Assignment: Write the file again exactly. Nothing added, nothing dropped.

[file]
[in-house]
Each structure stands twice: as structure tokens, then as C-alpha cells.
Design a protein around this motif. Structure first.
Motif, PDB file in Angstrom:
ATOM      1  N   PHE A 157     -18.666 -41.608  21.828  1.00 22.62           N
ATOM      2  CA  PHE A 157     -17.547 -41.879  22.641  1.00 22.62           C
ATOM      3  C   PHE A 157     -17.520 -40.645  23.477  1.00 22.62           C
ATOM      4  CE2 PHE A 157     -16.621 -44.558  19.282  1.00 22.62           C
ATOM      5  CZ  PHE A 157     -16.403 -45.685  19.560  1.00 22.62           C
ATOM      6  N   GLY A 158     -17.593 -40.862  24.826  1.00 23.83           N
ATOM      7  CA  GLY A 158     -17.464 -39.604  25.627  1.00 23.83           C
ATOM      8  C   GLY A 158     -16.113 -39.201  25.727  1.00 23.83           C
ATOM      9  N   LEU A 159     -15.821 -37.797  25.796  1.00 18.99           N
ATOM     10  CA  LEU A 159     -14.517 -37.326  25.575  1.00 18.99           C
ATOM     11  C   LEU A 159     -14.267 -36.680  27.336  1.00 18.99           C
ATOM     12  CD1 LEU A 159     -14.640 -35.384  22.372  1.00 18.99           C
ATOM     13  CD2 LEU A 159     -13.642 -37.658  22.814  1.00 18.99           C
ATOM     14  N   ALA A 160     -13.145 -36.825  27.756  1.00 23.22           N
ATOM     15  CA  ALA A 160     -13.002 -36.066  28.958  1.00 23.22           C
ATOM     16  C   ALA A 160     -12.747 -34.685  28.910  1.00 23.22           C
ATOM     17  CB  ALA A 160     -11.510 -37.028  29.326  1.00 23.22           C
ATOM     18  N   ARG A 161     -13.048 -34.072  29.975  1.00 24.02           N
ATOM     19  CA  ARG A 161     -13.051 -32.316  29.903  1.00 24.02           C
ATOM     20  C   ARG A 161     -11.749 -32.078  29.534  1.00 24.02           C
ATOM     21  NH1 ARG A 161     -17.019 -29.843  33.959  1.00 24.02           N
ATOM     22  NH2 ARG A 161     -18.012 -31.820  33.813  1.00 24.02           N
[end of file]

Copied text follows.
[in-house]
Each structure stands twice: as structure tokens, then as C-alpha cells.
Design a protein around this motif. Structure first.
Motif, PDB file in Angstrom:
ATOM      1  N   PHE A 157     -18.666 -41.608  21.828  1.00 22.62           N
ATOM      2  CA  PHE A 157     -17.547 -41.879  22.641  1.00 22.62           C
ATOM      3  C   PHE A 157     -17.520 -40.645  23.477  1.00 22.62           C
ATOM      4  CE2 PHE A 157     -16.621 -44.558  19.282  1.00 22.62           C
ATOM      5  CZ  PHE A 157     -16.403 -45.685  19.560  1.00 22.62           C
ATOM      6  N   GLY A 158     -17.593 -40.862  24.826  1.00 23.83           N
ATOM      7  CA  GLY A 158     -17.464 -39.604  25.627  1.00 23.83           C
ATOM      8  C   GLY A 158     -16.113 -39.201  25.727  1.00 23.83           C
ATOM      9  N   LEU A 159     -15.821 -37.797  25.796  1.00 18.99           N
ATOM     10  CA  LEU A 159     -14.517 -37.326  25.575  1.00 18.99           C
ATOM     11  C   LEU A 159     -14.267 -36.680  27.336  1.00 18.99           C
ATOM     12  CD1 LEU A 159     -14.640 -35.384  22.372  1.00 18.99           C
ATOM     13  CD2 LEU A 159     -13.642 -37.658  22.814  1.00 18.99           C
ATOM     14  N   ALA A 160     -13.145 -36.825  27.756  1.00 23.22           N
ATOM     15  CA  ALA A 160     -13.002 -36.066  28.958  1.00 23.22           C
ATOM     16  C   ALA A 160     -12.747 -34.685  28.910  1.00 23.22           C
ATOM     17  CB  ALA A 160     -11.510 -37.028  29.326  1.00 23.22           C
ATOM     18  N   ARG A 161     -13.048 -34.072  29.975  1.00 24.02           N
ATOM     19  CA  ARG A 161     -13.051 -32.316  29.903  1.00 24.02           C
ATOM     20  C   ARG A 161     -11.749 -32.078  29.534  1.00 24.02           C
ATOM     21  NH1 ARG A 161     -17.019 -29.843  33.959  1.00 24.02           N
ATOM     22  NH2 ARG A 161     -18.012 -31.820  33.813  1.00 24.02           N